Entities transferring personal data outside the European Economic Area on the basis of standard contractual clauses that are no longer in force (where the transfer began before 27 September 2021) should conclude agreements based on new clauses by 27 December 2022.
Under the General Data Protection Regulation, the transfer of personal data to “third countries” (outside the European Economic Area) is only permitted if the conditions set forth in the GDPR are met, i.e. generally when:
- The transfer is made to a country which the European Commission has determined provides an adequate degree of protection (i.e. it has issued an adequacy decision—decisions issued so far are available on the European Commission website)
- If there is no adequacy decision, then adequate safeguards are provided, including in the form of conclusion of an agreement based on standard contractual clauses between the entities involved in the transfer
- If there is no adequacy decision or adequate safeguards, then one of the special circumstances specified in the GDPR applies.
New standard contractual clauses and transition period
In June 2022, the European Commission adopted new sets of standard contractual clauses regarding the transfer of personal data to third countries. The following clause modules are available:
- Controller–controller, concerning the transfer of data from a data controller from EEA territory to a third-country data controller
- Controller–processor, concerning the transfer of data from a controller from EEA territory to a third-country data processor
- Processor–processor,concerning the transfer of data from a processor from EEA territory to a third-country processor
- Processor–controller, concerning the transfer of data from a processor from EEA territory to a third-country controller.
On 27 September 2021, the Commission’s previous decisions establishing model standard contractual clauses, namely Decision 2001/497/EC and Decision 2010/87/EU, expired.
In adopting a new set of standard contractual clauses, the Commission decided that a transitional period will be in effect until 27 December 2022, during which controllers and processors can, in principle, base transfers of personal data to third countries on previous versions of the standard contractual clauses under which they entered into contracts before 27 September 2021 (provided that the processing operations subject to the contract remain unchanged and that use of the previous version of the clauses ensures that the transfer of personal data is subject to adequate safeguards).
As of 27 September 2021, new contracts related to data transfers outside the EEA had to be concluded using the new standard contractual clauses adopted by the Commission in June 2021.
In practice, this means that entities transferring personal data outside the European Economic Area on the basis of standard contractual clauses that are no longer in force (where the transfer began before 27 September 2021) should conclude agreements based on the new clauses (after analysing which of the four modules is the appropriate one) by 27 December 2022.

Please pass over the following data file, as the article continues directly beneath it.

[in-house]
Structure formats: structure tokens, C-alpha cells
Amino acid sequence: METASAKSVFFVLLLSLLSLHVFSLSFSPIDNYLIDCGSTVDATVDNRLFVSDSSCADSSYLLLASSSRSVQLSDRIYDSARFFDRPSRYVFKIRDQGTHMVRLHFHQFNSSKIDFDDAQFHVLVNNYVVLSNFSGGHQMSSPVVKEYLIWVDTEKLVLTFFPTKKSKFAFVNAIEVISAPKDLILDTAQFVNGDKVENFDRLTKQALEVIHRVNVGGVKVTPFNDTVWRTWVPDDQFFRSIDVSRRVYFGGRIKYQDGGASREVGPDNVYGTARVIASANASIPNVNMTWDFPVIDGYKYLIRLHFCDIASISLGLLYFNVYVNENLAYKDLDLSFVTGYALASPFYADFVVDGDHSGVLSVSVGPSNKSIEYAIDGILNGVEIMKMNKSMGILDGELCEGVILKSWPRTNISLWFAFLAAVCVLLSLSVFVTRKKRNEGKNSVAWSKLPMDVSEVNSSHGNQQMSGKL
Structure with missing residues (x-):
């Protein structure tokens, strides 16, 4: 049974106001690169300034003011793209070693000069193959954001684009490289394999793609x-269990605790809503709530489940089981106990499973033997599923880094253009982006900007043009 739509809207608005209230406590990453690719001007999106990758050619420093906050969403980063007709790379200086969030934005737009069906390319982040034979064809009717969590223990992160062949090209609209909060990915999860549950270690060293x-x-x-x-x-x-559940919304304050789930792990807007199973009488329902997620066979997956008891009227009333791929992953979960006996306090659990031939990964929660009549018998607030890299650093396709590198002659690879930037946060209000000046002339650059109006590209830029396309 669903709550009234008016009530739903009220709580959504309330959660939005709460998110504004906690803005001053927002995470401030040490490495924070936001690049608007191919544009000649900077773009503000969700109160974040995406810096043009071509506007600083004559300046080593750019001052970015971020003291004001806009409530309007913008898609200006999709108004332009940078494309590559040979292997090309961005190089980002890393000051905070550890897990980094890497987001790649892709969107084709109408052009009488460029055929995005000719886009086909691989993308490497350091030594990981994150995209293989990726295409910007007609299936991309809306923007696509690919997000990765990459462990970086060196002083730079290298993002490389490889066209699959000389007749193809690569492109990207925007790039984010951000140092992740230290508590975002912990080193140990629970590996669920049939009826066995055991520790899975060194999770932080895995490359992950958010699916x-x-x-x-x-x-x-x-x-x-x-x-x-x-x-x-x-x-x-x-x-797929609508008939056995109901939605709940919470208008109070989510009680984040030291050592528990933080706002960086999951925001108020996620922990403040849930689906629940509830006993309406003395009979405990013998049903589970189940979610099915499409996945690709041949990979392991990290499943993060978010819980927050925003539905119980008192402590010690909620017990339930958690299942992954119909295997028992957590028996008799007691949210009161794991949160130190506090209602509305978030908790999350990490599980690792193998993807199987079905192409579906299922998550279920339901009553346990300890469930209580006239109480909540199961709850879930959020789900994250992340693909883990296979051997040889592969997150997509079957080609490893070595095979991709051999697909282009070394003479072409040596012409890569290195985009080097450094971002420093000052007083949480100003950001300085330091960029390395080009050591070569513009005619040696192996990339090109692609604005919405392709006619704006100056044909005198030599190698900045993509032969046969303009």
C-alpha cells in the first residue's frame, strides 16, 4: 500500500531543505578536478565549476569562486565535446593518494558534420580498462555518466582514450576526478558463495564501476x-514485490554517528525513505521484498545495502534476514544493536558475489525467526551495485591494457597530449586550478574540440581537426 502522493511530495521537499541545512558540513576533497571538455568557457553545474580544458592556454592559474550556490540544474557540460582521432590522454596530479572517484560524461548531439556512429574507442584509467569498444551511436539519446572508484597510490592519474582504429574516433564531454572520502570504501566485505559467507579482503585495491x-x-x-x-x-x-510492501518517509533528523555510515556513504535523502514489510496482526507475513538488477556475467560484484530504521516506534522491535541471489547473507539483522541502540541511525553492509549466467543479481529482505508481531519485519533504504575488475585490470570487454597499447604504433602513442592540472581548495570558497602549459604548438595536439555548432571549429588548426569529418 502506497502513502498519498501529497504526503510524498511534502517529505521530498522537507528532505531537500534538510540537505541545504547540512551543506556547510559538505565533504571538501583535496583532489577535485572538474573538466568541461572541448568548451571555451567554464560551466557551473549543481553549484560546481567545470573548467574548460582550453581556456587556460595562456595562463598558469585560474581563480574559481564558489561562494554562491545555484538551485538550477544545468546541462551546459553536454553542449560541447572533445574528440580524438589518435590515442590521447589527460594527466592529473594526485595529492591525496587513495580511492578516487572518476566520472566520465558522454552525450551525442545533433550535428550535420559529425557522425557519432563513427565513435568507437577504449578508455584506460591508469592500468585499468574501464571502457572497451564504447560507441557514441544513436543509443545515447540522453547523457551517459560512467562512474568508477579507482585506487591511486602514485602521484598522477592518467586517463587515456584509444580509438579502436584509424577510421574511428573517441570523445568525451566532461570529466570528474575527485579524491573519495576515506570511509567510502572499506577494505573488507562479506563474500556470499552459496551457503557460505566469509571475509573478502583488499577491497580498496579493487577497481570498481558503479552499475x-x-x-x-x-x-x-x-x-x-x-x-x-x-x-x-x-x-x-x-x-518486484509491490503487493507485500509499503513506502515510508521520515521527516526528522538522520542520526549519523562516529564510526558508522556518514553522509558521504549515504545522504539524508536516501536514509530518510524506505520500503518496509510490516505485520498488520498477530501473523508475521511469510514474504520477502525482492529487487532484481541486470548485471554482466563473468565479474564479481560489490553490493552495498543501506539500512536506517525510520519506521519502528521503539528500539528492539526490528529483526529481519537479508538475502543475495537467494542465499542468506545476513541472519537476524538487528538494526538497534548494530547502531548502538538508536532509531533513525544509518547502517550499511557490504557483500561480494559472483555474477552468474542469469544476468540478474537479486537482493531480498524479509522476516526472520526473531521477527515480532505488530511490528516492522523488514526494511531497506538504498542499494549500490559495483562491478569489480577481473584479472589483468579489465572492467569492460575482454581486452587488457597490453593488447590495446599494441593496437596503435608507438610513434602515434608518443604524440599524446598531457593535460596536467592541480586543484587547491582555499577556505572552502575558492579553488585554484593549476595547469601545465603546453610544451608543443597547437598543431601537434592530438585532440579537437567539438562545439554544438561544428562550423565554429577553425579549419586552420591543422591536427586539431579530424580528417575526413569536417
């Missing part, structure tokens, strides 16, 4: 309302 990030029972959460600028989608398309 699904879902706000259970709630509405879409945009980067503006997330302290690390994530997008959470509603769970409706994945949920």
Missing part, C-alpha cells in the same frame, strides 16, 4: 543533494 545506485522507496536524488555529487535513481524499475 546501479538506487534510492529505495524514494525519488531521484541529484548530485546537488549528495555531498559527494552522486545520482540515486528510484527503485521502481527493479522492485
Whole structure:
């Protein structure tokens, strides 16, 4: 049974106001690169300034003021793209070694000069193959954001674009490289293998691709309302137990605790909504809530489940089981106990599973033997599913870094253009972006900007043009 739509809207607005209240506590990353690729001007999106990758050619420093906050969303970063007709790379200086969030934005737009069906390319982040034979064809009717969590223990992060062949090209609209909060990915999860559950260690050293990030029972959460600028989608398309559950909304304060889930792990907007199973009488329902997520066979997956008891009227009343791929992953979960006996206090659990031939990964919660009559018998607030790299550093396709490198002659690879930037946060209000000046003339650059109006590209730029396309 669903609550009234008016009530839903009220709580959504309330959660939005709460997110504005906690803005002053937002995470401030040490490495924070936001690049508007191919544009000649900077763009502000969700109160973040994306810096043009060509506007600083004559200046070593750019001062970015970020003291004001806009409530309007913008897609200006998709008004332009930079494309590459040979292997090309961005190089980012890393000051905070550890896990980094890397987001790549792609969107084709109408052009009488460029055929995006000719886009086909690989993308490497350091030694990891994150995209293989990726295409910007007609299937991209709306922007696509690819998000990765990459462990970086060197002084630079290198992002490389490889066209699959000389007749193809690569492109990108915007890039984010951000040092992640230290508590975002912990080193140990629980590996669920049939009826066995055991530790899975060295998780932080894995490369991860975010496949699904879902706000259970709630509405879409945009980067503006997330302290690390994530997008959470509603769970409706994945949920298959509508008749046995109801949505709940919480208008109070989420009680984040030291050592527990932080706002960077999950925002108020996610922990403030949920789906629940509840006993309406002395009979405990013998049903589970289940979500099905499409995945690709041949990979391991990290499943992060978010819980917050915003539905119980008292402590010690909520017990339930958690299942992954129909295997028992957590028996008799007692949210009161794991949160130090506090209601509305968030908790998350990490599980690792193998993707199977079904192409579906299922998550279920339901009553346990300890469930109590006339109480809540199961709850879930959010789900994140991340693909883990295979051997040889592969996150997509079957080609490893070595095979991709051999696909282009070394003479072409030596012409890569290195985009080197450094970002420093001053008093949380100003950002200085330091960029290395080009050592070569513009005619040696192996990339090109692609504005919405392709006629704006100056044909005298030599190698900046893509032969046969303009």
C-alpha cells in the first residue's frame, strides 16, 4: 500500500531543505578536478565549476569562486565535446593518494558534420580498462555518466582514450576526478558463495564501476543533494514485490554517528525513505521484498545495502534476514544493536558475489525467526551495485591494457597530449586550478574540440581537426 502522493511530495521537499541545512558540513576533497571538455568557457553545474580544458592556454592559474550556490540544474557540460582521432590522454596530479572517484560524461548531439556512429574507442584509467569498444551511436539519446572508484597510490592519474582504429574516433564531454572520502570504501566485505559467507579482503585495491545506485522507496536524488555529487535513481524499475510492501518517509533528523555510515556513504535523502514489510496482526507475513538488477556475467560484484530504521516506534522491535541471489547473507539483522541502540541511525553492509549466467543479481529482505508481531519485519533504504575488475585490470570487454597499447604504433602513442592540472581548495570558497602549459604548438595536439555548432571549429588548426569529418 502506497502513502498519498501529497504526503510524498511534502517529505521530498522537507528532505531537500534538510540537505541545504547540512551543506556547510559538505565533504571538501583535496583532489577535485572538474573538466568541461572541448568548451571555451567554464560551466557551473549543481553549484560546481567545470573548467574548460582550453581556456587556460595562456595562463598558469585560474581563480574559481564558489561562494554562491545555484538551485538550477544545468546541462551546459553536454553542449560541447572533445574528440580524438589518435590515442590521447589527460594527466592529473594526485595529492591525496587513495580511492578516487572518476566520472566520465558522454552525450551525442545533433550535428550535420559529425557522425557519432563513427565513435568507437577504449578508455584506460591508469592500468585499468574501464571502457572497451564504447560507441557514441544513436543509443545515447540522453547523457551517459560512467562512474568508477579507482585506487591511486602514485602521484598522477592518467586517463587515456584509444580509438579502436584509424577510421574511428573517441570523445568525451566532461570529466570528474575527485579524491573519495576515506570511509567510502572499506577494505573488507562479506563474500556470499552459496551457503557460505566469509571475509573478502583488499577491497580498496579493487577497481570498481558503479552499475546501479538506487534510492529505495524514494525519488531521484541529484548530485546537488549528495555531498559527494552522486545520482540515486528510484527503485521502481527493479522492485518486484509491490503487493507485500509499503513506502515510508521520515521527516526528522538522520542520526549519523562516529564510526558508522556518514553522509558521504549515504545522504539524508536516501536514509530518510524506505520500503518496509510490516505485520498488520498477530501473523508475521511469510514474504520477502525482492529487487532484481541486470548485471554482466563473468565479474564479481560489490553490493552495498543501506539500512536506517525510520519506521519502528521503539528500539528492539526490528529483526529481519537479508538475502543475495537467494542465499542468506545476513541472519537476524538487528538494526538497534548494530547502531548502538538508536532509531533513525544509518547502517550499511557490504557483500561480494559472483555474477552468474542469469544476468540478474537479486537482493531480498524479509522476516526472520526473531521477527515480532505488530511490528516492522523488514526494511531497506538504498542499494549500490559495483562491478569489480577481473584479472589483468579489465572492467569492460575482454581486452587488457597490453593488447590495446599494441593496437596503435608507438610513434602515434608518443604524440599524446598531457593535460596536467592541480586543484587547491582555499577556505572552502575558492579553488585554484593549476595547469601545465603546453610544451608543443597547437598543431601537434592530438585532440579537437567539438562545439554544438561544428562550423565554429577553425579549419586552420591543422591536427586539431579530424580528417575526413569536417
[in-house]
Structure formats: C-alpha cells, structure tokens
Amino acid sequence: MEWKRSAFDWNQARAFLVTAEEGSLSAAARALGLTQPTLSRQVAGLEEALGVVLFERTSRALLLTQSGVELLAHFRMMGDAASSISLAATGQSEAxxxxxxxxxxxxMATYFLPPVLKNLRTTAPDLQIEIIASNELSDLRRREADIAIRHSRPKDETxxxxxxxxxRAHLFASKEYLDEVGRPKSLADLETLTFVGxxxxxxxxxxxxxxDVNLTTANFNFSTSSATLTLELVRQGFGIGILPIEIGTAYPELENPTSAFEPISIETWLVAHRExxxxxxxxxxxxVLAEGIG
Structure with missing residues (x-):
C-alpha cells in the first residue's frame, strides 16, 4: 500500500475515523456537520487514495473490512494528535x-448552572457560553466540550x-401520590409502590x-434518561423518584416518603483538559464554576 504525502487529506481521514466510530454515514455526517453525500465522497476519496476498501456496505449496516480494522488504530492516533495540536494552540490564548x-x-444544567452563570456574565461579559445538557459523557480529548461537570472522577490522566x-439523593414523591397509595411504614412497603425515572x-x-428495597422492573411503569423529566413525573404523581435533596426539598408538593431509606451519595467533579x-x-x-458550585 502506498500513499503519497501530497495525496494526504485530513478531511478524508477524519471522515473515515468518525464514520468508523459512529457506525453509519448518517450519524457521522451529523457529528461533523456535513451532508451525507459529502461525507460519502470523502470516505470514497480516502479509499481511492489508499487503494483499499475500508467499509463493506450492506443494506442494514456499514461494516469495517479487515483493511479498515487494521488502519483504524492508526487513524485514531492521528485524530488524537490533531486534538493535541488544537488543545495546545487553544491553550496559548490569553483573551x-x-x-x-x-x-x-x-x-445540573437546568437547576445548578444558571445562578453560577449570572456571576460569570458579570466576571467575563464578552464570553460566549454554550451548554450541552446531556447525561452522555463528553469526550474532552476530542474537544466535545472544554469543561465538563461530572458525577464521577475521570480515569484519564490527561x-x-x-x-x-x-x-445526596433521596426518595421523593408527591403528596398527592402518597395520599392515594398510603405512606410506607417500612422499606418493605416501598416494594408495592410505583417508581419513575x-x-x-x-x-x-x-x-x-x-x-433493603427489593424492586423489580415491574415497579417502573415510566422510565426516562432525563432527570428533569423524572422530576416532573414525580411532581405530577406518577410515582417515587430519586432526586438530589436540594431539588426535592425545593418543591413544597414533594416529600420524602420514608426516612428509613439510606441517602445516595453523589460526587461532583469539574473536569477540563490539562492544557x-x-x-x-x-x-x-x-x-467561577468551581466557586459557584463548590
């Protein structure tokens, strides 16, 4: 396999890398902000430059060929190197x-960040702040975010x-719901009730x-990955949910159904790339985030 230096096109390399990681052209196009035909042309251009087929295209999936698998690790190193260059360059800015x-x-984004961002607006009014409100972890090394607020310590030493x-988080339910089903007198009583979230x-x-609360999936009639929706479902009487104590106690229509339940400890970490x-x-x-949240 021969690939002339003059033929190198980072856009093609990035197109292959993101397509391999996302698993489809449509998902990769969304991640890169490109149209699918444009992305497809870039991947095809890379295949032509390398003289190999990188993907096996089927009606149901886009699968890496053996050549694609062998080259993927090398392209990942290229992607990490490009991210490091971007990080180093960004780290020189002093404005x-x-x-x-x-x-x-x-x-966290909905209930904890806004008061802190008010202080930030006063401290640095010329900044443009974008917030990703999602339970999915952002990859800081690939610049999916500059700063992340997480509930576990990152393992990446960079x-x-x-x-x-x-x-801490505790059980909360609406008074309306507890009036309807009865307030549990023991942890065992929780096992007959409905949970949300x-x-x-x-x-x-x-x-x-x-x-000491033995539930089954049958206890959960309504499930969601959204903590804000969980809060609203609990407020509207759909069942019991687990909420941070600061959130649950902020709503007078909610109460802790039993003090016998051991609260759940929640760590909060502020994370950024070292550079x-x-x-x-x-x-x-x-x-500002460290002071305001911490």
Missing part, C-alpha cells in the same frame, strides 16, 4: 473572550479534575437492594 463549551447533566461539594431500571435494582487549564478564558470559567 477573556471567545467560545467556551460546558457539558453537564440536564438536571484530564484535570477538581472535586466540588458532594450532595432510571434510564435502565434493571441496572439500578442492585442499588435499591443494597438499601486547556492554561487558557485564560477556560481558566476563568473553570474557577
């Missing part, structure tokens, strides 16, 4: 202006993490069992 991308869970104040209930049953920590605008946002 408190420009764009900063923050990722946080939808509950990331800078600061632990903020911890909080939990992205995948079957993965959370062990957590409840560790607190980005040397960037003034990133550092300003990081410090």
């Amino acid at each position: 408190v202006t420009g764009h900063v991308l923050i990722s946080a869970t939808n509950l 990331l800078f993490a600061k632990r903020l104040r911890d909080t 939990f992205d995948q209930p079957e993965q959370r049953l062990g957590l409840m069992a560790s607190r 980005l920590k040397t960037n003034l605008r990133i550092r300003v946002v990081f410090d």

Time to check GDPR compliance
Failure to conclude agreements based on the new standard contractual clauses could lead to a situation in which transfers are made without adequate safeguards, and therefore in violation of the GDPR. In turn, this could expose entities making such transfers to the risk of legal liability, including imposition of an administrative fine by the supervisory authority.
Conclusion of agreements based on the new standard contractual clauses will be a good opportunity to review the transfers being made and verify whether they are permissible at all, whether they are taking place on the right basis, whether the descriptions are up-to-date, and whether adequate safeguards are provided. Importantly, just because an entity made such a verification during implementation of the GDPR in 2018 does not necessarily mean that transfers are still being conducted correctly and adequately.
Making appropriate updates and documenting them may be needed especially in the context of the relatively fresh requirements that have emerged for data transfers outside the EEA following the ruling of the Court of Justice in C-311/18, Schrems II, on verification of the need to implement possible supplementary measures in addition to the inclusion of standard contractual clauses.
The new standard contractual clauses contain more detailed provisions than previous versions of the clauses, and some optional decisions. The wording of these decisions depends on the arrangements of the parties, which may require business judgment to some extent.
It is not worth postponing these steps for the purpose of concluding agreements based on the new standard contractual clauses until the last moment, as these activities, in particular analysis and description of transfers, as well as reaching the final wording of the agreement between the parties, may prove quite time-consuming in practice.
Karolina Romanowska, Łukasz Rutkowski